Achievement of increased uniformity in the substantive law of patents does not require that this court get its hands on every appeal involving an allegation that a patent law issue is somehow involved. As this court has said, our jurisdiction of appeals from district courts depends on that of the district court, and a mere allegation that patent law is involved will not give this court jurisdiction when that of the district court did not rest at least in part on a continuing claim arising under the patent or plant variety protection laws. 28 U.S.C. § 1338. See Beghin-Say International, Inc. v. Ole-Bendt Rasmussen, 733 F.2d 1568, 1570-71, 221 USPQ 1121, 1123-24.
(1) The Statutes
Section 1295(a)(1) of title 28 vests this court with jurisdiction over any appeal from a final decision of a district court
if the jurisdiction of that court was based, in whole or in part, on Section 1338 of this title, except in a case involving a claim arising under any Act of Congress relating to copyrights or trademarks and no other claims under Section 1338(a) shall be governed by Sections 1291, 1292 and 1294 of this title [Emphasis added].
Section 1338(a) of Title 28 vests the district court with jurisdiction over actions arising under Acts of Congress dealing with Atari's Counts I, II, and III:
The district courts shall have original jurisdiction of any civil action arising under any Act of Congress relating to patents, plant variety protection, copyrights and trade-marks. Such jurisdiction shall be exclusive of the courts of the states in patent, plant variety protection and copyright cases. [Emphasis added].
Not every dispute involving a patent "arises under" the patent laws within the meaning of § 1338. For a discussion of "arising under" jurisdiction, see 1 J. MOORE'S FEDERAL PRACTICE, § 0.62 (2d ed. 1982).
The controlling fact here is that the district court's jurisdiction of the case was and still is based in part on § 1338.
When it filed its case in the district court, Atari not only cited § 1338 as a basis for jurisdiction, but invoked subject matter jurisdiction under § 1338(a) when it included Count I alleging copyright infringement and Count II alleging patent infringement. A claim arises under the particular statute which creates the cause of action, American Well Works Co. v. Layne And Bowler Co., 241 U.S. 257, 260, 36 S.Ct. 585, 586, 60 L.Ed. 987 (1916).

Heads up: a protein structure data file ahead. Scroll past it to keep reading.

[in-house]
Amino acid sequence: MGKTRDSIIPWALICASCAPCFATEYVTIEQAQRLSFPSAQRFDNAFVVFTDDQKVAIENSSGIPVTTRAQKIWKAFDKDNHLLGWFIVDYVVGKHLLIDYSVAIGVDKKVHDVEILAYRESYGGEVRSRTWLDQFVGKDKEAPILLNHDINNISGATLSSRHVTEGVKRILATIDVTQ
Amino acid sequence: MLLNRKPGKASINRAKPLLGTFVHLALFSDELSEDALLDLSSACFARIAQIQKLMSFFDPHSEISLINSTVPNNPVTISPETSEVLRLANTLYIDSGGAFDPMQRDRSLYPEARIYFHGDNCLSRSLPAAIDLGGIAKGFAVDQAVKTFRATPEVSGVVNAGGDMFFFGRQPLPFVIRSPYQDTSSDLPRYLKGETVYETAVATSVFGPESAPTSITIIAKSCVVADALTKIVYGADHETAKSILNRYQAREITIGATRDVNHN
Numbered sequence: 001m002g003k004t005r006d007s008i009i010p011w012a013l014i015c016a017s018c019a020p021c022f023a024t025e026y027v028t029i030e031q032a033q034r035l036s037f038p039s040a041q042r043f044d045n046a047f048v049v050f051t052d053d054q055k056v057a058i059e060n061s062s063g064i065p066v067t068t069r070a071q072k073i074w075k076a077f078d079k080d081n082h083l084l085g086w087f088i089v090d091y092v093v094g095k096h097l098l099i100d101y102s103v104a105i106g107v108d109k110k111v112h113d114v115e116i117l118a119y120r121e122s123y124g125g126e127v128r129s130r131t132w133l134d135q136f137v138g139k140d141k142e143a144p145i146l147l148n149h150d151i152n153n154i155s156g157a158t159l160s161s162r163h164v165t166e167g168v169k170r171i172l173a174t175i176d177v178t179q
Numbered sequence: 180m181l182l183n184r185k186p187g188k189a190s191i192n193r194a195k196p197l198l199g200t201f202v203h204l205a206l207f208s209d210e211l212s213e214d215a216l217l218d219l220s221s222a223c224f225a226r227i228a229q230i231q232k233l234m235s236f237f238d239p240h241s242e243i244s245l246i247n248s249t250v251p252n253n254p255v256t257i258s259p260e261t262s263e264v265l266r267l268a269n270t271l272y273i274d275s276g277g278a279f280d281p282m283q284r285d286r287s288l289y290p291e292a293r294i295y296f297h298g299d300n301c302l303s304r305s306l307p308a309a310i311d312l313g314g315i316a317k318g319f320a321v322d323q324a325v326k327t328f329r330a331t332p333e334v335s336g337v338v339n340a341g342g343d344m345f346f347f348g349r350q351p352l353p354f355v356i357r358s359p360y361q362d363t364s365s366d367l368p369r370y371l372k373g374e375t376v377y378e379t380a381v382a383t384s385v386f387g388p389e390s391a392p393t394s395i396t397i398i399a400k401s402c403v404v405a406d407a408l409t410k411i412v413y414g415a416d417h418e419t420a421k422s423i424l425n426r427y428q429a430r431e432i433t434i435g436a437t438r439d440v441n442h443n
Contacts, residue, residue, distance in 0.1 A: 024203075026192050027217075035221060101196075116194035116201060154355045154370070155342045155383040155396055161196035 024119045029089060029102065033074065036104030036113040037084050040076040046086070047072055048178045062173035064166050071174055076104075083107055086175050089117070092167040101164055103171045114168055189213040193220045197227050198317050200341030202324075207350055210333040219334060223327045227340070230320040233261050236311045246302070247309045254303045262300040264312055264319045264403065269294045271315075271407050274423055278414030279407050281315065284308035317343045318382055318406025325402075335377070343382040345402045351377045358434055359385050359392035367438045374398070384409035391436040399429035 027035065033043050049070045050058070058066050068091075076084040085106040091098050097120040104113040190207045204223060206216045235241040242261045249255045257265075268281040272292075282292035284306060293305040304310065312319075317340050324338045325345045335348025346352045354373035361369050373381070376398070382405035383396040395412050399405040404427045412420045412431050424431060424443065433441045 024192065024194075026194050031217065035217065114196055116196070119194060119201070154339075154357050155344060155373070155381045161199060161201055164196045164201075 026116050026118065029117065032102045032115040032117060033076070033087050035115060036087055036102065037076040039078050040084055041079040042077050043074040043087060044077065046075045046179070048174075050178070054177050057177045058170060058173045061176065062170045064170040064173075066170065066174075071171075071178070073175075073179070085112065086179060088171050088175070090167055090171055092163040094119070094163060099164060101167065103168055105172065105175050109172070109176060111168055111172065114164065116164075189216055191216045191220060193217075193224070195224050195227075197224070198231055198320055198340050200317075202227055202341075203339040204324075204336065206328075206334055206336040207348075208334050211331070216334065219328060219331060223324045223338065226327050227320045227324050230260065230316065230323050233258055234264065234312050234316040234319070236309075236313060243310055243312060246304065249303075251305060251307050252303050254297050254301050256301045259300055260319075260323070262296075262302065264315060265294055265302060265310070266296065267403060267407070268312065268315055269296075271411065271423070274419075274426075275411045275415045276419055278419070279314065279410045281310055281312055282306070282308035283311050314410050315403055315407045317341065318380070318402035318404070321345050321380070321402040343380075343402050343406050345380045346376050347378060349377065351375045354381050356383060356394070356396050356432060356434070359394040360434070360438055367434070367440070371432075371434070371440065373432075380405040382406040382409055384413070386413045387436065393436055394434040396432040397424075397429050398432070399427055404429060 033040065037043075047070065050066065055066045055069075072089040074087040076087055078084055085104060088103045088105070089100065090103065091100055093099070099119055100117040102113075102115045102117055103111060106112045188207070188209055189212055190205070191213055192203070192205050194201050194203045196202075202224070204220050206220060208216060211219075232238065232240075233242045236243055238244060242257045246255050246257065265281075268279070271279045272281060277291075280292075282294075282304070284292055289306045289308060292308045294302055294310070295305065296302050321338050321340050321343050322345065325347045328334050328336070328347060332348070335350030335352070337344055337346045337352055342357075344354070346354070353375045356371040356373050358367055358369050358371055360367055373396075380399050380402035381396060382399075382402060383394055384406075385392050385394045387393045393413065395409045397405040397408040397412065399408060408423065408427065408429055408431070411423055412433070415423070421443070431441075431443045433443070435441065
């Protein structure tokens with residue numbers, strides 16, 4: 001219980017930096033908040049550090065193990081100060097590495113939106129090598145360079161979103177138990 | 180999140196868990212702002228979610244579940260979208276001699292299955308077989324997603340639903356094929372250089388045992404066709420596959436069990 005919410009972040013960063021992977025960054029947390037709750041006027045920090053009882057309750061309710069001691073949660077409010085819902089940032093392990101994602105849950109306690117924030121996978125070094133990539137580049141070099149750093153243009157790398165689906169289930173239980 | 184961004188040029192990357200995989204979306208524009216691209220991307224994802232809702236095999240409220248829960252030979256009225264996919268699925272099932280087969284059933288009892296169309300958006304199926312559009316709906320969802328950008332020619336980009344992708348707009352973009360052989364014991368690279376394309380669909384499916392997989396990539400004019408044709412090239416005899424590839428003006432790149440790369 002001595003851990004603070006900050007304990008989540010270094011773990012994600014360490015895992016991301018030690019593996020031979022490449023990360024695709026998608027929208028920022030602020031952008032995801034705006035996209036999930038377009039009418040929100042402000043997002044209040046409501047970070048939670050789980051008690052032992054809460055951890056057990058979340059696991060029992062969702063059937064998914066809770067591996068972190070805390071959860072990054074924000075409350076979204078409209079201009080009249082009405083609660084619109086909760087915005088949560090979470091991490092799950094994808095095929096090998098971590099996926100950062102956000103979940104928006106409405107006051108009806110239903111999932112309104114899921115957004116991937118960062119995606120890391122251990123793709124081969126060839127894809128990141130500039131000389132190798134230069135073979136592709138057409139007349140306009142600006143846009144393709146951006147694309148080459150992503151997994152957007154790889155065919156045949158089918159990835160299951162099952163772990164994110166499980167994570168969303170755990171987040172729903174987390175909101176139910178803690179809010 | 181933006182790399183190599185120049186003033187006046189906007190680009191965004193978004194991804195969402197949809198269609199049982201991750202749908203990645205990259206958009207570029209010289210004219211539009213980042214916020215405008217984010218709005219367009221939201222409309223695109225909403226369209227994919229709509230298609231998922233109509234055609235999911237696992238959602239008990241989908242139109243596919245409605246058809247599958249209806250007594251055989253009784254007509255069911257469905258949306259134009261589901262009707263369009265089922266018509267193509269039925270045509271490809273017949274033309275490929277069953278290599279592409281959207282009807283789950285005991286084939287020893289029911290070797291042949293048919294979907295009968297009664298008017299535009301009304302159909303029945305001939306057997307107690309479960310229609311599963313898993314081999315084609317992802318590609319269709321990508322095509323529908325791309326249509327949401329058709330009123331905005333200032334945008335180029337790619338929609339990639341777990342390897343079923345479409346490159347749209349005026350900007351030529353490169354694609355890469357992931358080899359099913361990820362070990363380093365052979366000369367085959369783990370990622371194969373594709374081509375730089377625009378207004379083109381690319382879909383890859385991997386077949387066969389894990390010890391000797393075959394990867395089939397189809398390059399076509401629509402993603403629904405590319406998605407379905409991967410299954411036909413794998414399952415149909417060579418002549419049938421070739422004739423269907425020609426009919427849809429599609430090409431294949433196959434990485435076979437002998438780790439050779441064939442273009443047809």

Congress recognized that non-patent claims might accompany a patent claim in a single complaint. It could have provided appellate jurisdiction in this court only over judgments entered on the patent claim. It did not. It designed and enacted a statute that provided jurisdiction in this court over appeals from decisions in "cases" in which the district court's jurisdiction "was based, in whole or in part, on Section 1338." [Emphasis added].
Thus our jurisdiction here is mandated by the plain language of the statute, the best indication of the scope of a court's jurisdiction. Caminetti v. United States, 242 U.S. 470, 485, 37 S.Ct. 192, 194, 61 L.Ed. 442 (1917). This court's jurisdiction, under the statute and as recognized in the legislative history, infra note 7, is defined by the basis of the district court jurisdiction. Because the district court's jurisdiction of Atari's entire case was and still is based in part on its patent claim under § 1338(a), and because § 1295(a)(1) vests this court with exclusive appellate jurisdiction in such cases, we cannot, as Atari would have us do, disregard the literal language of our jurisdictional statute. 28 U.S.C. § 1295(a)(1). Cf. C.R. Bard, Inc. v. Schwartz, 716 F.2d 874, 877-78 (Fed. Cir. 1983).
It is not disputed that under 28 U.S.C. § 1292(c)(1), this court's jurisdiction over a district court's final decision in a case includes jurisdiction over an interlocutory appeal from a preliminary injunction order of that district court in that case.
(2) Effect of the Separation Order
In arguing that the present separation order did not "deprive" this court of jurisdiction it never had, Atari says this court could have jurisdiction over a non-patent claim, if at all, only when that non-patent claim accompanies an appealed judgment on a patent claim. As indicated below, that effort to so limit this court's jurisdiction, and to enable bifurcation of the appeal in all cases that involve patent and non-patent issues in the district court, is rejected as contrary to congressional intent.
Atari's argument also disregards the effect of Rule 42(b) (to temporarily separate a claim for trial) and the general rule that a single judgment is normally entered after trial of all counts. 9 WRIGHT MILLER, FEDERAL PRACTICE PROCEDURE: CIVIL §§ 2387, 2392 (2d ed. 1982). A judgment on a separately tried claim is normally not final and appealable until all claims are adjudicated. See Sears, Roebuck Co. v. Mackey, 351 U.S. 427, 434-35, 76 S.Ct. 895, 899-900, 100 L.Ed. 1297 (1956); Cold Metal Process Co. v. United Engineering Foundry Co., 351 U.S. 445, 76 S.Ct. 904, 100 L.Ed. 1311 (1956); Hebel v. Ebersole, 543 F.2d 14, 16-17 (7th Cir. 1976).